Mural Painting at the Vineyard Church

The Vineyard Church here in Springfield, MO wanted a mural for their children’s ministry, and I am always looking for ways to use my art as ministry since that is my gifting.

Josh, one of the pastors, wanted a tree with the fruit of the spirit. In the New Living Translation (NLT) Bible, Galatians 5:18-25 says “But when you are directed by the Spirit, you are not under obligation to the law of Moses. When you follow the desires of your sinful nature, the results are very clear: sexual immorality, impurity, lustful pleasures, idolatry, sorcery, hostility, quarreling, jealousy, outbursts of anger, selfish ambition, dissension, division, envy, drunkenness, wild parties, and other sins like these. Let me tell you again, as I have before, that anyone living that sort of life will not inherit the Kingdom of God. But the Holy Spirit produces this kind of fruit in our lives: love, joy, peace, patience, kindness, goodness, faithfulness, gentleness, and self-control. There is no law against these things! Those who belong to Christ Jesus have nailed the passions and desires of their sinful nature to his cross and crucified them there. Since we are living by the Spirit, let us follow the Spirit’s leading in every part of our lives.”

I was actually inspired from the Harry Potter movie series.

After looking at some pictures of the “Black Family Tree,” I sketched up this drawing.

I brought the mural painting supplies and kept them in a closet at the church while I worked. I used pencils, ruler, willow charcoal, eraser, paint brushes, Velspar house paint samples, acrylic paint (Winsor & Newton Galleria: Burnt Umber, Yellow Ochre, Mars Black, Cadmium Yellow Medium Hue, and Pale Umber. Golden: Cadmium Red Medium Hue and Burnt Sienna. Liquitex Basics: Raw Sienna. Liquitex: Raw Umber. Grumbacher Academy: Titanium White and Burnt Sienna), brushes, soap, latex gloves, paper towels, palette knife, plastic cups, baking pans, palette paper, painters, Masters Hand Soap, a tarp, ladder, and diaper bag.

I drew up the top and bottom borders with a ruler and pencil.  The projector I use sometimes was too small to cover such a large area. So, I just freehanded the mural using willow charcoal.

   

I then printed out copies of the sketch and used inktense pencils to decide the color scheme for the mural.

I used Velspar house paint samples from Lowes to paint all of the mural except for the scenes with the people, which I used acrylic paint. It took three to five coats of the house paint for some colors to cover the wall.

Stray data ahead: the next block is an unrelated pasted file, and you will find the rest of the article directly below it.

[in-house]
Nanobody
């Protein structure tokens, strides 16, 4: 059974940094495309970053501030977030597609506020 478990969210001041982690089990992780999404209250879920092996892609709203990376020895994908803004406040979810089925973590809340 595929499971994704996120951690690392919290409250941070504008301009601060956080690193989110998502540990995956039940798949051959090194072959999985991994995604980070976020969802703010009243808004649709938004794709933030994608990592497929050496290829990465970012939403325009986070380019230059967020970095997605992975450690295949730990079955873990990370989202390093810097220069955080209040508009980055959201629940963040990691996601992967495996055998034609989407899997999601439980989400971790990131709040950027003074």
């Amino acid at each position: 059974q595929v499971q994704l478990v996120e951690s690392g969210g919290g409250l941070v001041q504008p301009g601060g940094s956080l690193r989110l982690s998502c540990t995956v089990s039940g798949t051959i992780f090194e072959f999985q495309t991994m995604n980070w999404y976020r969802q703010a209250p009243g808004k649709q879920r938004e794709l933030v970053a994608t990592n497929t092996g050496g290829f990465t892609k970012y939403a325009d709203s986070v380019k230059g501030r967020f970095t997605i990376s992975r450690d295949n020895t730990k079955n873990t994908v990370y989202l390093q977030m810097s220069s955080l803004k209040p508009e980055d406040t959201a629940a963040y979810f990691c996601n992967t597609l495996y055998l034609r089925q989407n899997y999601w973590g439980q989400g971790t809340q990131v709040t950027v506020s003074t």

A couple of my artsy/artist friends Kara, Lindsay, and Stashia came to help me paint while our kids had a playdate (now that’s multitasking at its finest). And of course M jumped in a bit to help paint as well.

E loved the scene depicting self-control. She kept pointing to the cupcake saying “cupcake” and then pretend eating it with her pincher fingers and making “mmm” noises.

M and our daughter E would go with me most days and sometimes my friend Lacy from Gallery Gal would also meet me because she was painting the Lord’s Prayer on another wall. It took me about three months to complete (going about three times a week for roughly one hour each session).



Hopefully this mural will not only make the space more fun and enjoyable for the kids, but it will also make it easy for them to learn the fruit of the spirit: love, joy, peace, patience, kindness, goodness, faithfulness, gentleness, and self-control.

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Art Show at Midtown Carnegie Branch Library

When we first moved back to Springfield in June last year, I approached the reference librarian at Midtown Carnegie Branch Library, who also happened to book the art shows. I sent her the usual and appropriate materials via email and she liked what I sent. We booked a show for September 2017. I went and took pictures of the space to decide what show and sizes would work well.

I decided that the “Family Life Illustration” series at 11×14″ in 16×20″ frames would work well in this community space visually and conceptually. M helped me carry in all of the work and art hanging supplies. I set the pieces against the wall to decide on placement.

Gallery Gal showed up to help me hang the work.

We measured, hammered, and hung. When finished hanging, we leveled, placed the exhibition labels next to each piece, and put up the artist statement. I have a “The Process of Hanging an Art Show” post to reference of more specific show hanging details.